Swamp Juice @ The Ipswich Art Gallery | The Review

My only previous experience with shadow puppets is from my childhood when we would make them on the living room wall using flash lights during black outs, so I had no idea shadow plays could be so wonderfully captivating. Settling in to watch Swamp Juice at the Ipswich Art Gallery with no expectations meant this award winning show about life in a swamp was a very pleasant surprise.

As children are seated on rows of comfy cushions in front of the stage there’s time to take in the quirky junkyard set made from a variety of found items. The stage is cluttered with a mix of odds and ends. Boxes stuffed with household rubbish are stacked haphazardly while strung across the stage is a clothesline strewn with an intriguing mix of items. Is that a face I can see? Are those feet? What’s that strange looking tower to the right for? The excitement is building.

Image courtesy of Bunk Puppets

Image courtesy of Bunk Puppets

The lights dim and puppeteer Jeff Achtem takes to the stage mumbling gibberish and looking like a mad scientist; bare foot, short trousers, vest, bow tie, goggles topped off with wild wispy hair. This weird and wonderful puppeteer character is as much apart of the story as the puppets. He energetically moves about the stage making exaggerated sounds interspersed with few intelligible words. Achtem is not only a masterful puppeteer, he also creates zany sound effects and even his wispy strands of hair become a part of the show.

With all his tricks out in the open, Achtem switches seamlessly between setting the scene and bringing the shadow play to life on the large bed sheet-come-screen. The very clever and imaginative use of the stage and the three different perspectives on his ‘set’ stand allows for more creative and detailed story telling. Like the rest of the set, the diverse cast of characters has been created using household rubbish like tinsel, cardboard, scraps of material, string, foam, and gloves. Although they look ordinary under the lights they come to life on the screen and are very expressive and engaging for a flat black image!

Image courtesy of Bunk Puppets

Image courtesy of Bunk Puppets

Man Vs Animal

Swamp Juice’s simple plot tells the story of a despicable man cruising around a swamp in his boat catching animals and making them eat one another. First he comes across an amusing pair of bickering snails, then a snake and finally a bird. It’s during the man’s pursuit of the bird that they both end up in the belly of a swamp monster! That’s when things start to get really crazy.

Not to miss out on the fun, the audience gets involved with props like hats, branches, wigs, tinsel and toys that are passed around and both children and parents delight in using them to make shadows not only on the large screen on stage but the walls and roof. The final hilarious act is an exciting 3D chase scene where the wacky characters leap from the stage, flying in and around the crowd. If the squeals of delight from the children are anything to go by it’s certainly the most popular part of Swamp Juice.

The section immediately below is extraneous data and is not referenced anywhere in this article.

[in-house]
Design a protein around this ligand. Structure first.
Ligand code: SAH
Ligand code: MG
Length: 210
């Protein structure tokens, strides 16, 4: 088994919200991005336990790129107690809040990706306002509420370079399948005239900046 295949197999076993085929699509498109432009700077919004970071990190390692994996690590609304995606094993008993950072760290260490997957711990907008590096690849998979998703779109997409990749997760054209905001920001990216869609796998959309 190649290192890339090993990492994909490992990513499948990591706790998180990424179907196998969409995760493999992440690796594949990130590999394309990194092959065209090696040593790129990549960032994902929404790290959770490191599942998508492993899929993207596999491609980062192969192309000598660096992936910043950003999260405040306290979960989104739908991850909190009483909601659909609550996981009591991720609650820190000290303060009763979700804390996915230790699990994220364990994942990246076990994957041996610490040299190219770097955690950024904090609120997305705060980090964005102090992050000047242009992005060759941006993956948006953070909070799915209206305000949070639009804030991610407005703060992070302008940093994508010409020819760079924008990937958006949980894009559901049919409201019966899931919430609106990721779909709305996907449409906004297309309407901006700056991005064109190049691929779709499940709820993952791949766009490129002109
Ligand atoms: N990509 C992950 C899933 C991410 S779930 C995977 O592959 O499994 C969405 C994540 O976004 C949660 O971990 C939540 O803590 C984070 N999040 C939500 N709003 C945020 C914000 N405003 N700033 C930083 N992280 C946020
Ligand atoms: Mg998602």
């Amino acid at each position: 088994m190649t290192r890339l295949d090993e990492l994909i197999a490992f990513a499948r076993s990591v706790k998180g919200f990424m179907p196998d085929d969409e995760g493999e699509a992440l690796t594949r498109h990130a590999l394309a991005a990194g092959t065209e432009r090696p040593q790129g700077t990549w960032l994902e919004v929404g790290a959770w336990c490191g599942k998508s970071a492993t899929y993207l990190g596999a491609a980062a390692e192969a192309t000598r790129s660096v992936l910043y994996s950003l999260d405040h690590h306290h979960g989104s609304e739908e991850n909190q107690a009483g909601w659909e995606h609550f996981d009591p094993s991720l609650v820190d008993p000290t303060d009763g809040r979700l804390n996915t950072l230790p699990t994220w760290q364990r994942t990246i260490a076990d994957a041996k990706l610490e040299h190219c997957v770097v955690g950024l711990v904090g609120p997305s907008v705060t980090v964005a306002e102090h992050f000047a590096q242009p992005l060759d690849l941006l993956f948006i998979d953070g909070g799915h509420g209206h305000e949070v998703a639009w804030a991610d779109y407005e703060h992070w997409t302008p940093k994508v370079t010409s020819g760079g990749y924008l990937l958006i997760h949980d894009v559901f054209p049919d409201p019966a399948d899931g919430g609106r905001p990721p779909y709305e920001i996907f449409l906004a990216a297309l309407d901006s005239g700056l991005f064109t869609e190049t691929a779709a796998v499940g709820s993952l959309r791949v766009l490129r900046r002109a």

The original musical score by David Henry, Nick Carver and Tristan Kelley sets the tone of swamp life perfectly starting with swampy sound effects of frogs and hooting birds and progressing to animated music ranging from comic to dramatic.

Image courtesy of Bunk Puppets

Image courtesy of Bunk Puppets

The Verdict

Swamp Juice was a delightful introduction to the art of shadow puppetry and has left me wanting more. This entertaining and funny glimpse into a wacky world is unforgettable. Although the show is designed for children, adults will get just as much enjoyment as the kids. Jeff Achtem is engaging and demonstrates exceptional skill moving the puppets, controlling the lights, and making sound effects all with perfect comic timing. The subject matter is a little dark at times but it is handled with wit and humour that has everyone laughing. Swamp Juice is sure to spark children’s imaginations and have them eager to get home to make their own puppets to create shadow play stories.

The Ipswich Art Gallery has a two craft areas set up for children so there’s a welcome distraction while you wait for the show to start. The gallery also has other great exhibits as well as a children’s gallery that are worth visiting.

The Facts

Swamp Juice is on at the Ipswich Art Gallery from Tuesday 29th March to Saturday 9th April 2016. (NO performance on Monday 4th April). There are two 45-minute shows at 10.30am & 1.00pm daily. Tickets cost $7 per person (FREE for under 2s not occupying a seat). Bookings are essential. For more information and bookings click here.

Jeff Achtem is the artistic Director of Bunk Puppets and has produced other wonderful shows including Sticks Stones Broken Bones.

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